KRS defending itself against CJEU: “Every criterion for independence impeccably satisfied”

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The newly constituted National Council of the Judiciary (KRS) does not want the Court of Justice to review its status, nor the activities of the Disciplinary Chamber of the Supreme Court. “Every criterion for independence is impeccably satisfied”, said Jarosław Dudzicz, member of the new KRS, on 14 May in Luxembourg. The Law and Justice government is again employing the rhetorical arguments of “German courts” and “thieves in togas”. A final verdict on the legality of the KRS will come in July at the earliest.



In Luxembourg on Tuesday, 14 May another hearing took place regarding requests for preliminary rulings by the Polish Supreme Court to the Court of Justice of the European Union. This time, representatives of the new National Council of the Judiciary – justices Jarosław Dudzicz and Dagmara Pawełczyk-Woicka – were present and spoke at the hearing. Both are presidents of courts nominated by Justice Minister Zbigniew Ziobro.

 

Although the CJEU had closed proceedings concerning the Supreme Court’s application following a hearing on 19 March, it reopened those proceedings at the request of the KRS. The CJEU agreed to the request of the KRS to present its position to the Court. Those appearing were given more time than usual, granted 25 minutes rather than the standard 10.

 

The judges from the KRS were faced with the difficult task of demonstrating that the Council and the Supreme Court’s new Disciplinary Chamber are independent from the ruling Law and Justice party (PiS). They claimed that the criticisms levelled against them are “a product of imagination” and “violated the dignity” of the judges appointed to the Supreme Court.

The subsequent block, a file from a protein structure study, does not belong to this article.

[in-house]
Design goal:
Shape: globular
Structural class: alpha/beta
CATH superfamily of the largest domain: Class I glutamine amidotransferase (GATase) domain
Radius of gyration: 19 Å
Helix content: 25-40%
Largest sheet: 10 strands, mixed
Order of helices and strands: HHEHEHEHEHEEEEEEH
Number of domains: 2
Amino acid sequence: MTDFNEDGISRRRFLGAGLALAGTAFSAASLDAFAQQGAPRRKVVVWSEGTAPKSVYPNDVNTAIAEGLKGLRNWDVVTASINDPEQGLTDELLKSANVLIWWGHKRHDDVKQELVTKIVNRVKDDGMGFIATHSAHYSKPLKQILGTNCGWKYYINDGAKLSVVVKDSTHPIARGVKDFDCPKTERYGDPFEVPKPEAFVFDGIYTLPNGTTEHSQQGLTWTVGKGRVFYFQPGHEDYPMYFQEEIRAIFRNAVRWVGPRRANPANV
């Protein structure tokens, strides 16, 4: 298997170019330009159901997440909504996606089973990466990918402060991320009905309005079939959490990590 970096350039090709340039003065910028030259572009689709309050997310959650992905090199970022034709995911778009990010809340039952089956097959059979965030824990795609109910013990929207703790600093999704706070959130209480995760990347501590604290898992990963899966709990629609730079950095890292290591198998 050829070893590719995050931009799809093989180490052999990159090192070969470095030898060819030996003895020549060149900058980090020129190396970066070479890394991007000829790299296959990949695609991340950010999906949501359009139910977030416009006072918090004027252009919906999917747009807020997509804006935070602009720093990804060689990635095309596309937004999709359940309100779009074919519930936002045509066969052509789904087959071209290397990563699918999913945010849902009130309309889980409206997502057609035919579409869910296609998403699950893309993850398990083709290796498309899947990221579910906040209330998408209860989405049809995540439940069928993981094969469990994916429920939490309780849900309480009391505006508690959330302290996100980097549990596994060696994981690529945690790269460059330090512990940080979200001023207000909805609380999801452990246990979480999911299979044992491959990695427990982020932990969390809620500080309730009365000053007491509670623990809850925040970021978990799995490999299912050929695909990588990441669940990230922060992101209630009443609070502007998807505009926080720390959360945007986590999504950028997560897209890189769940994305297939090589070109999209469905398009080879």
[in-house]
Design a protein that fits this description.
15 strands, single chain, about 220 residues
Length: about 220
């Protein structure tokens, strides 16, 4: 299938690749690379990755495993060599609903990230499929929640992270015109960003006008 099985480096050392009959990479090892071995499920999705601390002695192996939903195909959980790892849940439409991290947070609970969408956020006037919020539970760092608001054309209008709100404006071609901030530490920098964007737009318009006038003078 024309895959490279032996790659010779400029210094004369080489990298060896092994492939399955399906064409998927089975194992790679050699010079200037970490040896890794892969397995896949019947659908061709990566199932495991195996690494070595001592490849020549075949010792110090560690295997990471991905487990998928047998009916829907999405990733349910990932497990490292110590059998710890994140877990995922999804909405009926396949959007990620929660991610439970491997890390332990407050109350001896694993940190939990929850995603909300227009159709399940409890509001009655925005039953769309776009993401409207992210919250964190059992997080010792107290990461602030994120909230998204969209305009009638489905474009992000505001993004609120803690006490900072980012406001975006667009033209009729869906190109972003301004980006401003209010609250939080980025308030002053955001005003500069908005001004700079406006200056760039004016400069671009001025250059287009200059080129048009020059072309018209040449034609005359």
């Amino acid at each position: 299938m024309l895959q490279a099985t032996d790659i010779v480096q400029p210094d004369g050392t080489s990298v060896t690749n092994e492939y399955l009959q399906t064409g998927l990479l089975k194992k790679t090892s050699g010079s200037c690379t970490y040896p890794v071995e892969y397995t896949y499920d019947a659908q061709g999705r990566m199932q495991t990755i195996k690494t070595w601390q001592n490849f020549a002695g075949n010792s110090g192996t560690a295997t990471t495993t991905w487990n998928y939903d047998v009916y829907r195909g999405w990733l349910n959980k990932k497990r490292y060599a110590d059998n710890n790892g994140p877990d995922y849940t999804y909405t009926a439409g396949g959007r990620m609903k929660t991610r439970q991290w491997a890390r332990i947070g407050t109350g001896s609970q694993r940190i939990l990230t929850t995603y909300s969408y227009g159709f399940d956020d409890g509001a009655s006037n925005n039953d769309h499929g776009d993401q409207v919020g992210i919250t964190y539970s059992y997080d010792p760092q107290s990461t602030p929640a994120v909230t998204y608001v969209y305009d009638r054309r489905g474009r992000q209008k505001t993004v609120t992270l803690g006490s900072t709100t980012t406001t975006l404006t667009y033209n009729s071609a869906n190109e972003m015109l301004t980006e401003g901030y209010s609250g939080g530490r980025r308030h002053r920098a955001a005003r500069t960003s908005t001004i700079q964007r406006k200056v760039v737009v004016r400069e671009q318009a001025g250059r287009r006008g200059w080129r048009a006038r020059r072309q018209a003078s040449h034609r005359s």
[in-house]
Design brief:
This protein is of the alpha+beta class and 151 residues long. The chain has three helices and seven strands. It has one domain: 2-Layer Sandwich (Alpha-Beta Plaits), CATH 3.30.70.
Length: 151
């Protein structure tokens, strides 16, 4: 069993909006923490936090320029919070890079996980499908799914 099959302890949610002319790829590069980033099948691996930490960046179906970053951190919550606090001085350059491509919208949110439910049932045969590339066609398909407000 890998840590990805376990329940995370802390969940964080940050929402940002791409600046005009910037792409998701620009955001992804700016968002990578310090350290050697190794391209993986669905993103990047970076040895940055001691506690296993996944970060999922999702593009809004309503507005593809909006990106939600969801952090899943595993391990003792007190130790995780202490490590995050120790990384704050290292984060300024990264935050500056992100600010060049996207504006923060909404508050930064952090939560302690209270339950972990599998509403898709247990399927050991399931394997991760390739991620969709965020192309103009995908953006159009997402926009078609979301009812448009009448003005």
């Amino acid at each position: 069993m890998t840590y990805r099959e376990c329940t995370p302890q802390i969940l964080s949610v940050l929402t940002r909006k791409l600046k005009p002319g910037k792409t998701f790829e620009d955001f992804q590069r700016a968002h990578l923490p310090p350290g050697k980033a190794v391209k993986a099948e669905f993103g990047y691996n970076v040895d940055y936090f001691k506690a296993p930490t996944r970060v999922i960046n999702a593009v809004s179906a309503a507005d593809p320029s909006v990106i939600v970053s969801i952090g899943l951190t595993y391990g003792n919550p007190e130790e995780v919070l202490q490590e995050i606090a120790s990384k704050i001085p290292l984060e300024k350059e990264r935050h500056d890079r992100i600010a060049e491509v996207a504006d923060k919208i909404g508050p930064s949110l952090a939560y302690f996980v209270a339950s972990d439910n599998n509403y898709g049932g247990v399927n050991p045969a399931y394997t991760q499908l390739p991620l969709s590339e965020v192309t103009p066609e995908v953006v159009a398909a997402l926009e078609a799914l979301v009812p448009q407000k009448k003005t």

They also referenced the verdict handed down by the Constitutional Tribunal, led by Julia Przyłębska, which ascertained the lawfulness of the way the new KRS was appointed. There were also references to courts in Germany and arguments invoking “thieves in togas.”

 

Sylwia Gregorczyk-Abram and Michał Wawrykiewicz (presently campaigning for European Parliament with the European Coalition) – attorneys for the Supreme Court and members of the “Free Courts” (Wolne Sądy) association, who participated in the hearing of the KRS by the CJEU, dismiss the arguments presented as simply rehashing things we have already heard.

 

CJEU could not refuse KRS

 

“In our view, those who came to represent the KRS didn’t bring anything new to the table. But it’s still a good thing they could state their case. That will prevent people from claiming the CJEU was biased and did not give every side a chance to be heard,” said Gregorczyk-Abram.

 

The latest hearing means the close of presentations by parties in that case before the Court of Justice. The next step will be the opinion given by CJEU Advocate General Evgeni Tanchev.

 

This opinion was originally scheduled to be read on 23 May, but the additional hearing meant it had to be rescheduled for 27 June. The Court of Justice’s final judgement will thus be handed down not earlier than July, and not later than after the summer holidays. The vast majority of the CJEU’s judgements concur with the opinions of the Advocates General.

 

Is the Disciplinary Chamber a proper court?

 

The applications for a preliminary ruling that are under review are those questions referred to the Court of Justice by the Polish Supreme Court of 30 August and 19 September 2018.

 

The Supreme Court asked the CJEU to decide if the Disciplinary Chamber of the Supreme Court, which was established in 2018 by the PiS government, is “an independent and autonomous court as defined under the law of the European Union.”

 

This question related to the status of the new National Council of the Judiciary. The Supreme Court claimed that the Disciplinary Chamber was improperly appointed, owing to the participation of the members-judges of the KRS who were selected in March 2018 by Members of Parliament from PiS and Kukiz’15.

 

It is the opinion of the Supreme Court judges that the manner in which the KRS was formed “does not provide a guarantee of independence from the legislative and executive powers.”

 

For the CJEU, the decision as to whether the Council of the Judiciary was in fact politicized will be the key to its ruling on the status of the Disciplinary Chamber. This is why judges from the Court of Justice posed questions about the KRS to participants in the hearing of 19 March 2019. And that is also why they agreed to let the Council present its position on 14 May.

 

[Translated by Matthew La Fontaine]



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Published

May 20, 2019

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